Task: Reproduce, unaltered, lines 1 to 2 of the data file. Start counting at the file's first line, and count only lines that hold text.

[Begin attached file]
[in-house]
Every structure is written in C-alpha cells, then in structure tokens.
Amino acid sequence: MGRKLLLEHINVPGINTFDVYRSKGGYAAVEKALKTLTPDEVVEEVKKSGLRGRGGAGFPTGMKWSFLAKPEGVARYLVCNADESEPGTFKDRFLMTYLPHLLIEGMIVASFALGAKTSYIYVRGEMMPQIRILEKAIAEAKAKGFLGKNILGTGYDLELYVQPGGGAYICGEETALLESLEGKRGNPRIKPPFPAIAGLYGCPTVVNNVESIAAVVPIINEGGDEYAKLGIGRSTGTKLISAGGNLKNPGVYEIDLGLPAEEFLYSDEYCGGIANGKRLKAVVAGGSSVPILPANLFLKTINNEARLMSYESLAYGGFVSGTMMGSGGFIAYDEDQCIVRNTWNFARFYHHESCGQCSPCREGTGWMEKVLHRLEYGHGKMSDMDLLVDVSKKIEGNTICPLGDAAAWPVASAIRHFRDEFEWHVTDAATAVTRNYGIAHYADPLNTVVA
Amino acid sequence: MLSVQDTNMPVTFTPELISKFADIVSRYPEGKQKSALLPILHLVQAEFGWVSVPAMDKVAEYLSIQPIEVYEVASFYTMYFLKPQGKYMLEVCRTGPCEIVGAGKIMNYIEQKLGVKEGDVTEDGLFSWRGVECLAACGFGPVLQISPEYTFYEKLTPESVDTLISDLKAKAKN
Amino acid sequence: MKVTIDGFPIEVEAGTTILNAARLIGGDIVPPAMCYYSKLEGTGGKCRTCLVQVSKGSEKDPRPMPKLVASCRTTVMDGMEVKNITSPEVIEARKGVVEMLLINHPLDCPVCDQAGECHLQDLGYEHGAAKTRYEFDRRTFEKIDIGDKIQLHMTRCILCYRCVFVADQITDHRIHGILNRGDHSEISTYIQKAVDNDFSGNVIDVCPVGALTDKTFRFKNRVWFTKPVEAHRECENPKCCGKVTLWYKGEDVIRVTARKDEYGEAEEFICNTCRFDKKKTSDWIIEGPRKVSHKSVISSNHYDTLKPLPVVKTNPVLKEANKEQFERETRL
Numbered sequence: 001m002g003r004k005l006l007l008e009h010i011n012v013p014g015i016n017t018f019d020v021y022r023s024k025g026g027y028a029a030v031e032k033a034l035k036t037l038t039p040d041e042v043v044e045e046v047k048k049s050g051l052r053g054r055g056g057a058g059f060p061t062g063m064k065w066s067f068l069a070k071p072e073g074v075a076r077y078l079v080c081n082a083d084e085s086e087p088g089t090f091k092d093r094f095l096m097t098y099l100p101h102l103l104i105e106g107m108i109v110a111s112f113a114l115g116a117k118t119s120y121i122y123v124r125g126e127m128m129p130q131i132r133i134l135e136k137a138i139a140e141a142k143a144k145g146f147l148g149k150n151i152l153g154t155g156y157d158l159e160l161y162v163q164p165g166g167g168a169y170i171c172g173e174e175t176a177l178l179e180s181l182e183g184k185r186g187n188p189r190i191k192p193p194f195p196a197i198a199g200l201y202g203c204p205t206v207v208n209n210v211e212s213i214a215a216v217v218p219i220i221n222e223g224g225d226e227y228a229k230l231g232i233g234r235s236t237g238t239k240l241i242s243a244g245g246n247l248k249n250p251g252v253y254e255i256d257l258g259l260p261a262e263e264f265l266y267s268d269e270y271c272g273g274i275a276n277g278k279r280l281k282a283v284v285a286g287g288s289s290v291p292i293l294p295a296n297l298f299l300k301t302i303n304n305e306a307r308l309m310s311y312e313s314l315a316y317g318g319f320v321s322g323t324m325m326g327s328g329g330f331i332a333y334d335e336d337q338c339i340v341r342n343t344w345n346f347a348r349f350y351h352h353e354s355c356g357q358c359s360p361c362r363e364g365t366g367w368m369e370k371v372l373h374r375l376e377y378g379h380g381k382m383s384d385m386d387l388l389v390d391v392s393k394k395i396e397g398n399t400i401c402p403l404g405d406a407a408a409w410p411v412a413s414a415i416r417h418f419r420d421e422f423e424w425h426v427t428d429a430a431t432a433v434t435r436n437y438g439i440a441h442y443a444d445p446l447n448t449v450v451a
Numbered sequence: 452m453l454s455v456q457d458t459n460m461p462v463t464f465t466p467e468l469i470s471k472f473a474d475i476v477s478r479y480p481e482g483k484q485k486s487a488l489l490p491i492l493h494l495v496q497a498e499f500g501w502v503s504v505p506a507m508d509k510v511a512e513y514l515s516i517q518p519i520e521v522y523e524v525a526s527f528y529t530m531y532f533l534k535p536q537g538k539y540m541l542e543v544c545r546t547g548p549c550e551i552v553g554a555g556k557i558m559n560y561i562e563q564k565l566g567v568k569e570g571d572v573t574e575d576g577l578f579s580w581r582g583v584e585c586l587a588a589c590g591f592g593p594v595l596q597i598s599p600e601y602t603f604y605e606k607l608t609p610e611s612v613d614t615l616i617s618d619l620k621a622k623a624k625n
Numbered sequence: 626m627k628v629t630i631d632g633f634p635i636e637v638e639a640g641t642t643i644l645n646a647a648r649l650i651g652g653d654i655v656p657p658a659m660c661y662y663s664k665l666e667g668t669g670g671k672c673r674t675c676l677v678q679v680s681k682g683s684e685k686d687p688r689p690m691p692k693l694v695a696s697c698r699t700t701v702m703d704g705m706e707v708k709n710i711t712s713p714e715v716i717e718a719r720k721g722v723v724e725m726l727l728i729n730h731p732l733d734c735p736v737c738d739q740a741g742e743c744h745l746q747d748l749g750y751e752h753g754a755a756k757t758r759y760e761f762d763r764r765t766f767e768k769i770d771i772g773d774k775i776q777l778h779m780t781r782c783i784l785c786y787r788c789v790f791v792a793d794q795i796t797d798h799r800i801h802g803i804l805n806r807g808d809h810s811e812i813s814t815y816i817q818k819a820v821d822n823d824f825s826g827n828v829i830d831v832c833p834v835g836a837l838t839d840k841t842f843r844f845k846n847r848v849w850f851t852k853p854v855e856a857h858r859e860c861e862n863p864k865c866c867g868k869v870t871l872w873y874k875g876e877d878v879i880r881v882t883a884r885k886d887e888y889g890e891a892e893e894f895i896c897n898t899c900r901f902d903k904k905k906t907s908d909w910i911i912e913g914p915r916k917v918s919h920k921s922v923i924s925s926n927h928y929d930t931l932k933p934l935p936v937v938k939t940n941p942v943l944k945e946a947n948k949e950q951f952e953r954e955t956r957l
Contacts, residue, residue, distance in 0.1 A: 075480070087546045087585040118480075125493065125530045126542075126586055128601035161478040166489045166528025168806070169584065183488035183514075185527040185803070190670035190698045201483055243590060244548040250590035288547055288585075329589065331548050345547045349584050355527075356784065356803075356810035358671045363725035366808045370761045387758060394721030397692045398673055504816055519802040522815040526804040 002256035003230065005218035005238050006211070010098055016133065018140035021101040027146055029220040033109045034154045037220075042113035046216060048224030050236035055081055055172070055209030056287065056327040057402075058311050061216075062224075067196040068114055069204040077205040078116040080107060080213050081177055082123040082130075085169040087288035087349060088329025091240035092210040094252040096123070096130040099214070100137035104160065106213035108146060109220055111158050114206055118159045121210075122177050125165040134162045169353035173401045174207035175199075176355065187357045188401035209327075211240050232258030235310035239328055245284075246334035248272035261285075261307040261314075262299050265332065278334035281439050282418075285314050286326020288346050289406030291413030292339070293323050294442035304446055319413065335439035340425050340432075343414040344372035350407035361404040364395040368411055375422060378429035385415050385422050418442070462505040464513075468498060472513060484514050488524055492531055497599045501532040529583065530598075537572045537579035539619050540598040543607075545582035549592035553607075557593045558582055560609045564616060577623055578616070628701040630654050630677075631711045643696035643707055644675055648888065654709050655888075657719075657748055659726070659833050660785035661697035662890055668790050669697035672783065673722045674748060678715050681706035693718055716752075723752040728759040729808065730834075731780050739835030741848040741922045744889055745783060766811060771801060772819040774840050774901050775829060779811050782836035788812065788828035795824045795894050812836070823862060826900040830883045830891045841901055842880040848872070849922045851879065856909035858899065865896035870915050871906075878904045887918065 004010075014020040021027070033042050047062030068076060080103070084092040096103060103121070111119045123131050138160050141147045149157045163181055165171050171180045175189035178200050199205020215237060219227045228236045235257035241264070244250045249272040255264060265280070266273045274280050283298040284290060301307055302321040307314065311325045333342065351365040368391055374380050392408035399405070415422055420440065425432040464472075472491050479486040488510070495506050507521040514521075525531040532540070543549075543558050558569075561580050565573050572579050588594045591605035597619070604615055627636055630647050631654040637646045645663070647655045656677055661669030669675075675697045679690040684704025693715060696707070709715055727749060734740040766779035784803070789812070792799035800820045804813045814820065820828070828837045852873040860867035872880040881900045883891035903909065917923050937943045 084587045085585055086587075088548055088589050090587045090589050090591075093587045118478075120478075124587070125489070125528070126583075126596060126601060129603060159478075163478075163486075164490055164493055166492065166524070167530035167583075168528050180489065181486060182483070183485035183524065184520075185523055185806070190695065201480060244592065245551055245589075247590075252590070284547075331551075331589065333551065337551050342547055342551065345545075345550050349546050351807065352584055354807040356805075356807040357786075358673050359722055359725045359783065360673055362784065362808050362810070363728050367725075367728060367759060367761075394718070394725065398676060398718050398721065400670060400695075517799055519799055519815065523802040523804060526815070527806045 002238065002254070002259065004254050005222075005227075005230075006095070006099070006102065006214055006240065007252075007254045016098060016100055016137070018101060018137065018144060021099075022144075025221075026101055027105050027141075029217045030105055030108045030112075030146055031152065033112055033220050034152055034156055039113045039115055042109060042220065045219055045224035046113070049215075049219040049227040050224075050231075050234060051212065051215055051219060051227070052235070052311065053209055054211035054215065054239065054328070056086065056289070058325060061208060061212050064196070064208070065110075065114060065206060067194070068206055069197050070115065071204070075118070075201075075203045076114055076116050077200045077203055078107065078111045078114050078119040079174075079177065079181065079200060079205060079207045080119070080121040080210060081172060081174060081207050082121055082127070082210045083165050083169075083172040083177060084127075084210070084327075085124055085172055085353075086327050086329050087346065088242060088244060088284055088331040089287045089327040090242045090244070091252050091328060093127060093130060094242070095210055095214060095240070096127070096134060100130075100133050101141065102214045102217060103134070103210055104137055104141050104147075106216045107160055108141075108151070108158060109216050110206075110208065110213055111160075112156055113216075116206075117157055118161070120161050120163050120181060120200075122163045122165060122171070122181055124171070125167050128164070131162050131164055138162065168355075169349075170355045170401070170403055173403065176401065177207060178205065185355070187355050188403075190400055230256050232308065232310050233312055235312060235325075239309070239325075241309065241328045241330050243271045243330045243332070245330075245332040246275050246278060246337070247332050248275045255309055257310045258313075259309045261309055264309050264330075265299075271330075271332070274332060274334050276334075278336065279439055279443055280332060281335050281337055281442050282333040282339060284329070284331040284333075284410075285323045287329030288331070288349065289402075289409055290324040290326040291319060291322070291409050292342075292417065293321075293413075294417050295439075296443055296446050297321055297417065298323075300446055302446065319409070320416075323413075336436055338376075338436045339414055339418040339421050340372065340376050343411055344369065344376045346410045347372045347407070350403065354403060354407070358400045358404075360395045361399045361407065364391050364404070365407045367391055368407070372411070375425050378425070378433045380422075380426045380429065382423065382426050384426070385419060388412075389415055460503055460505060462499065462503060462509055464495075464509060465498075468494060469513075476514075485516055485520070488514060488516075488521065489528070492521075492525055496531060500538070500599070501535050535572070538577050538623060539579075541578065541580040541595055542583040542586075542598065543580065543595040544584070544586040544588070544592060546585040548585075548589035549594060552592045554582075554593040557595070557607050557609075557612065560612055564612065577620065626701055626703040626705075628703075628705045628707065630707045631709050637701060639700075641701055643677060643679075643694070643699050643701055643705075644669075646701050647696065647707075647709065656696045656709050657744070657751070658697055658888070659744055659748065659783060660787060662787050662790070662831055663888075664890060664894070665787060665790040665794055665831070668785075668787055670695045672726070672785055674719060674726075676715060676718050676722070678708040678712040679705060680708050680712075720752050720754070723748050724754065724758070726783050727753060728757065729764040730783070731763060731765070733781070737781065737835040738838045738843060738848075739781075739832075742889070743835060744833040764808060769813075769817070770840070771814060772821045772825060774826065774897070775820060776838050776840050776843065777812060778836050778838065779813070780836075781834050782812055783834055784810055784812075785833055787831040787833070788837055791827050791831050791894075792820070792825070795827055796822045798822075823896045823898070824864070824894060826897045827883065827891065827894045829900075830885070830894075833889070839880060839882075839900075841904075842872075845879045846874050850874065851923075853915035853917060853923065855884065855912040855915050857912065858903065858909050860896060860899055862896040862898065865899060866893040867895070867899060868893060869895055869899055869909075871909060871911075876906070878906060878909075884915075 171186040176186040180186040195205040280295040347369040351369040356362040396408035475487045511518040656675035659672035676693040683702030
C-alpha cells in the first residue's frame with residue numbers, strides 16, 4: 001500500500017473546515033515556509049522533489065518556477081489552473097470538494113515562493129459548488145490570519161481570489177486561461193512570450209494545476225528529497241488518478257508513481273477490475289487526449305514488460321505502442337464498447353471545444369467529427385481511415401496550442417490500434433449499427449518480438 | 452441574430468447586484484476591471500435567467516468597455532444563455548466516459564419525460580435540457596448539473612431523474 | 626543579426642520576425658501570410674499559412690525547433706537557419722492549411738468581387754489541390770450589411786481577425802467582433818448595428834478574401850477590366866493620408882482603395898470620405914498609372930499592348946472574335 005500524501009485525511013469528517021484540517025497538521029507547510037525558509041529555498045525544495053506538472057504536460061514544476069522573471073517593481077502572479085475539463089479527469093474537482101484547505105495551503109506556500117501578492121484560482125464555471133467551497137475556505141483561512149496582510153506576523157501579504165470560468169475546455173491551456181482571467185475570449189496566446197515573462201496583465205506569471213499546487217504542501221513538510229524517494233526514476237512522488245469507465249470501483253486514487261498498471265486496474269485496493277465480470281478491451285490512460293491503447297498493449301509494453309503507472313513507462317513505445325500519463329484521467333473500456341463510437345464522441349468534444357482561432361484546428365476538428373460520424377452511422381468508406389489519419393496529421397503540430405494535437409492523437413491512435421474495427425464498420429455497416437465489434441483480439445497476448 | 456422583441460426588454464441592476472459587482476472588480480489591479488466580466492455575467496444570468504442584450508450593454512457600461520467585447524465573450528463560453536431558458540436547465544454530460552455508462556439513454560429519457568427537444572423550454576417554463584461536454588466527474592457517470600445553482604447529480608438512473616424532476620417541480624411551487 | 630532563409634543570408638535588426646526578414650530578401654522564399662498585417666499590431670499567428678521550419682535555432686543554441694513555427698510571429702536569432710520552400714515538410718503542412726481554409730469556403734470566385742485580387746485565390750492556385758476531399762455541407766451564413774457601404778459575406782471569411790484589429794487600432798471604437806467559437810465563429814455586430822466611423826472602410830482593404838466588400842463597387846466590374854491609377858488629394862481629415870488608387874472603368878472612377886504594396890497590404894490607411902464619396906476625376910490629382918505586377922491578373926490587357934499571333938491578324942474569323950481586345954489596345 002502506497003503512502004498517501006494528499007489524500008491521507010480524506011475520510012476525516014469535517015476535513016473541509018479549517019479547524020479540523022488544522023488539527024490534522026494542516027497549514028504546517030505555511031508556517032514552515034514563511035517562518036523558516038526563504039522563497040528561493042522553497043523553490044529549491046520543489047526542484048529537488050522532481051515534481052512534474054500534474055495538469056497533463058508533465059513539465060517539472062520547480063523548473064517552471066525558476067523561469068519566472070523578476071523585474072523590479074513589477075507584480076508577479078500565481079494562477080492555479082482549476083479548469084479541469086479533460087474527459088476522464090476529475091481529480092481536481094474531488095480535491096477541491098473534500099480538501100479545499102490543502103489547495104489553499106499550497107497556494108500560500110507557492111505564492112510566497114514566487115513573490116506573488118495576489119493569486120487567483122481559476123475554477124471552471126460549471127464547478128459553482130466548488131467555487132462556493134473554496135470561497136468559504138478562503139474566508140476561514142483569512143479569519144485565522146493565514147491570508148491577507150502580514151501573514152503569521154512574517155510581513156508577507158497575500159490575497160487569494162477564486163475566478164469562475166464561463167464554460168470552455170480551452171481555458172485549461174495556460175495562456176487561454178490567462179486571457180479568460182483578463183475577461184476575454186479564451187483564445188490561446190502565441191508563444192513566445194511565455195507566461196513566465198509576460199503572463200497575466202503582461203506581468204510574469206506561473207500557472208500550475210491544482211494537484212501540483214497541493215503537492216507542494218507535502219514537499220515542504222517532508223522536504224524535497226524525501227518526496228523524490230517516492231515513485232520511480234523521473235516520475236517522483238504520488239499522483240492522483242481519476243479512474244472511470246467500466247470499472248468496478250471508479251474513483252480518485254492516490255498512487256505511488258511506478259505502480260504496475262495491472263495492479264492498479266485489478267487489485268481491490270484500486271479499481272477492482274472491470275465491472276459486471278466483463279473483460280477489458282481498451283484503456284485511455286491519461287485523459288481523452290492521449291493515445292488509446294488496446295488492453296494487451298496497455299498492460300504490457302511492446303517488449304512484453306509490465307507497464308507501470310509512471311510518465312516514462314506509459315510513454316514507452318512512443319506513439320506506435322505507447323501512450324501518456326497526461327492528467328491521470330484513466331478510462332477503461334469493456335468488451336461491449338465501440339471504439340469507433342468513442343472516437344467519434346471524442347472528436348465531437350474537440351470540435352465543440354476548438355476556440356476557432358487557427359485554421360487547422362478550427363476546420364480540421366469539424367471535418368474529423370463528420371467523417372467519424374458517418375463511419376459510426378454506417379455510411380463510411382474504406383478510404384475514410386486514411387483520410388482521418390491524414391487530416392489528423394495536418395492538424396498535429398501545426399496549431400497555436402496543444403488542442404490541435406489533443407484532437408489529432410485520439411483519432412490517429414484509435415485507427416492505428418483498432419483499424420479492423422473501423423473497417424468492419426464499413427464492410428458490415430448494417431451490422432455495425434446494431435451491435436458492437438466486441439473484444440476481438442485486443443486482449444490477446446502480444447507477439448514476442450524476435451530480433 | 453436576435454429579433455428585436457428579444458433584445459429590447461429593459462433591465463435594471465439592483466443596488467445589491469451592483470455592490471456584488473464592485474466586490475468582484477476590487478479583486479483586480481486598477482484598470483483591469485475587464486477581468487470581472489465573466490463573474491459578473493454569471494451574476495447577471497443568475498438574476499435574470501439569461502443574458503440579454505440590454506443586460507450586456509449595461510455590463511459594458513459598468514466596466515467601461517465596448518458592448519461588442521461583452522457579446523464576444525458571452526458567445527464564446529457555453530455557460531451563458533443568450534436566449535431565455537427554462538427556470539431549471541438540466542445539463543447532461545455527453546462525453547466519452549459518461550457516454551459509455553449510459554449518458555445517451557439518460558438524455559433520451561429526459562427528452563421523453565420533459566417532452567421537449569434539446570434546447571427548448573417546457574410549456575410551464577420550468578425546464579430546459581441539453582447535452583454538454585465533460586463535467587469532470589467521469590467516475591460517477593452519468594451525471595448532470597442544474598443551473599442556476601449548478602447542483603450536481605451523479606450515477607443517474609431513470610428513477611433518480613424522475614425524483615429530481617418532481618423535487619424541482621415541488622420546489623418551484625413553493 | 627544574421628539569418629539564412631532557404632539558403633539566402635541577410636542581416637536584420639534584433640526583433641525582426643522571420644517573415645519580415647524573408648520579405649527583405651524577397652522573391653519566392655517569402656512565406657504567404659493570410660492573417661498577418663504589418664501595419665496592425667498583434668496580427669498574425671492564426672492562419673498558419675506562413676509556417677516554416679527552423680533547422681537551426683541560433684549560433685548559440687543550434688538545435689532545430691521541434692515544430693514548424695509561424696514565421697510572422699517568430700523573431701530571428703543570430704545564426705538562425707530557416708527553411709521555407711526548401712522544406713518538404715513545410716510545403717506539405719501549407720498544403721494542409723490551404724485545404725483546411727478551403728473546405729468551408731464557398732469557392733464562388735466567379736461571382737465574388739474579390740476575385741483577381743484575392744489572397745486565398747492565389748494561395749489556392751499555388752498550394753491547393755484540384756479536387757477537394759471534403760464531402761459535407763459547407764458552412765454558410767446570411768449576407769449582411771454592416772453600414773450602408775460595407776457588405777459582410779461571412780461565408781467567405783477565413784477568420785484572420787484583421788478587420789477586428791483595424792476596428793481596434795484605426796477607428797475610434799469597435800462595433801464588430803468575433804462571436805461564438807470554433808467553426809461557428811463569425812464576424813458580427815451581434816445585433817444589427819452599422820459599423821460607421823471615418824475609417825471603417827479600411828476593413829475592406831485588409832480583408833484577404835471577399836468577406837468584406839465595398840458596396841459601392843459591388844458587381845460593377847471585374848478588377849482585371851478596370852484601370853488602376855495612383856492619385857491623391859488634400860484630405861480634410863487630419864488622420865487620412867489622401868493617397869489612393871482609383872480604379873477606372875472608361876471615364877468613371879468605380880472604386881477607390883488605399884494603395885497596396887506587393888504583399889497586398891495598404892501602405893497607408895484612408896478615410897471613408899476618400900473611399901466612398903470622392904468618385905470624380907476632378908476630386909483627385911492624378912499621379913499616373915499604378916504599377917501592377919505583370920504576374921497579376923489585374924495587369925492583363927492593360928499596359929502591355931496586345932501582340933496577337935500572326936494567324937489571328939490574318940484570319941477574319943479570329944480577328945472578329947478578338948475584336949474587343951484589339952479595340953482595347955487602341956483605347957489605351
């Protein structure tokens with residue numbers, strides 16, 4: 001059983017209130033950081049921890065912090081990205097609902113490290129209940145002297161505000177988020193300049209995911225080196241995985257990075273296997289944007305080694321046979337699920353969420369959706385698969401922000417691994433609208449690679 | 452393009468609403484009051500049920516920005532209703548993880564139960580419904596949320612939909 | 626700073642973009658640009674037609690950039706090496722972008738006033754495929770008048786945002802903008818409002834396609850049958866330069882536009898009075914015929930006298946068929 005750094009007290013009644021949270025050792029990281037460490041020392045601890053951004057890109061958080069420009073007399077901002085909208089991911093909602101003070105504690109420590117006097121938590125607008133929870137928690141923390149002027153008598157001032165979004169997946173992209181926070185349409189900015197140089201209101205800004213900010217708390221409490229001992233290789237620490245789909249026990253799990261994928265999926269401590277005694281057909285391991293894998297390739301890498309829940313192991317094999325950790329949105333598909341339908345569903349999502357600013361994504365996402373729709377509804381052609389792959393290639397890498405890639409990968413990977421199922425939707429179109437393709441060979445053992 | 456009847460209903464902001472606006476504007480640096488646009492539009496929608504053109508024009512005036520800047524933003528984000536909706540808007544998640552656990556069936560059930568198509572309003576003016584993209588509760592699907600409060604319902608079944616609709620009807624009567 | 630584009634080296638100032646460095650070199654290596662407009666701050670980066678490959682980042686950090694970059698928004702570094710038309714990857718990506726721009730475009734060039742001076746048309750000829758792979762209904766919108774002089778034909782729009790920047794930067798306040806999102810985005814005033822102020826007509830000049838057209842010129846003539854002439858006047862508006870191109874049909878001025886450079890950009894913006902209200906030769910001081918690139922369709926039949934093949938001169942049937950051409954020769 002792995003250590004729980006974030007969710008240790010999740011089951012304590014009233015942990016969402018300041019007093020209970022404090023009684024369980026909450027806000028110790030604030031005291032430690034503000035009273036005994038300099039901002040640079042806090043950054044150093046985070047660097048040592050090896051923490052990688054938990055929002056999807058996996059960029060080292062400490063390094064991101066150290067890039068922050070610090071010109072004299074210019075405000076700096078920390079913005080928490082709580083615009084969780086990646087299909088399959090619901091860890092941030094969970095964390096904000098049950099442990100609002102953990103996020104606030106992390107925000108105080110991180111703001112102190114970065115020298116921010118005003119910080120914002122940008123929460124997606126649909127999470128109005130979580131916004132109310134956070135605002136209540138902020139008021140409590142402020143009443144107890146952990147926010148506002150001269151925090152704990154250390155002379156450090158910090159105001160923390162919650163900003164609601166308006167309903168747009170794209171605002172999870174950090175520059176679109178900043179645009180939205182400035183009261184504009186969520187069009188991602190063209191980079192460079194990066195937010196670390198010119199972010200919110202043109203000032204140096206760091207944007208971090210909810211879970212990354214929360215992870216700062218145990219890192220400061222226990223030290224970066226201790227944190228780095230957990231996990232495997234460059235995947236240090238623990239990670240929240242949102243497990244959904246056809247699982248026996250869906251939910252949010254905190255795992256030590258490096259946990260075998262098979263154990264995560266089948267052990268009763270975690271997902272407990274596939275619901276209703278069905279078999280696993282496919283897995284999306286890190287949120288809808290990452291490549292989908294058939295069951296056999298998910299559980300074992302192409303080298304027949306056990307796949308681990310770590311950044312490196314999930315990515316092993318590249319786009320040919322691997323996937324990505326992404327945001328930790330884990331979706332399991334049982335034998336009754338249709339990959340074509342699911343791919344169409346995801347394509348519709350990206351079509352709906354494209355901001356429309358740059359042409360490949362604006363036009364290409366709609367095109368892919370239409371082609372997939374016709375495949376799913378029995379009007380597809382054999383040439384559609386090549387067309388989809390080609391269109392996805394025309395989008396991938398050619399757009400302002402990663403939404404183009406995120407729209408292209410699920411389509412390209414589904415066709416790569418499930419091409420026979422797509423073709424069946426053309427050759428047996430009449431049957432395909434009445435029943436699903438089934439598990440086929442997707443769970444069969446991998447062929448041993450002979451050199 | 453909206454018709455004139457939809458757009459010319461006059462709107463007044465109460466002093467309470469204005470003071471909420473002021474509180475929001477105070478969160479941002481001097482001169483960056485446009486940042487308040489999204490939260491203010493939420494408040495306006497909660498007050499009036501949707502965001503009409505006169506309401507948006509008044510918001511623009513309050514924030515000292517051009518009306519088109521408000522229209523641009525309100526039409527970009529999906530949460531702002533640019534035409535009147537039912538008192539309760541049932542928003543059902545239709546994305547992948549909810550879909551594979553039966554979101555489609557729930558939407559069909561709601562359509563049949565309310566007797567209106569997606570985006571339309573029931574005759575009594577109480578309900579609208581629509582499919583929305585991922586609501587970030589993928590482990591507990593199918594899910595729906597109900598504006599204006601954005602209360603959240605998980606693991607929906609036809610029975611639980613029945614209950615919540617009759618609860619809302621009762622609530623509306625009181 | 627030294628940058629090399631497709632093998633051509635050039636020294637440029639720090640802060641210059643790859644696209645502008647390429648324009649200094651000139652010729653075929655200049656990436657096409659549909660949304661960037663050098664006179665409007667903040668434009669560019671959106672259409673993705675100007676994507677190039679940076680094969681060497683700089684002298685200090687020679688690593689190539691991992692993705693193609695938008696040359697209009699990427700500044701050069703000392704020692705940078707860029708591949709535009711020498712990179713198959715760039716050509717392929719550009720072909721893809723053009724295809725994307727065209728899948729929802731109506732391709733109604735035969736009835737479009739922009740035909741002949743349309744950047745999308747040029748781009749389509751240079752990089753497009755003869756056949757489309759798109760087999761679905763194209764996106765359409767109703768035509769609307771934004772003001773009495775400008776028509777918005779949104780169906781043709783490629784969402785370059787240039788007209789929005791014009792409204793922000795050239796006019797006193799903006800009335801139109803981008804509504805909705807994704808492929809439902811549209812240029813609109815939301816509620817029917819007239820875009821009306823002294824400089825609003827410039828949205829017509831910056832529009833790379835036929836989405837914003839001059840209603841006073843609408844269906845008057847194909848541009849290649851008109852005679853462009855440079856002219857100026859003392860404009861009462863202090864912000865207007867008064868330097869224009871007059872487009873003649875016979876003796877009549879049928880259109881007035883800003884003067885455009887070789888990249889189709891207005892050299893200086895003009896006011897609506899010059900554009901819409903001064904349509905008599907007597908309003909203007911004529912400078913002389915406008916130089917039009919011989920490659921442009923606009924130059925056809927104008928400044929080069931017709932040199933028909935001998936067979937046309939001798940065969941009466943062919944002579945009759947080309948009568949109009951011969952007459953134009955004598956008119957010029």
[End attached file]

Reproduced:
[in-house]
Every structure is written in C-alpha cells, then in structure tokens.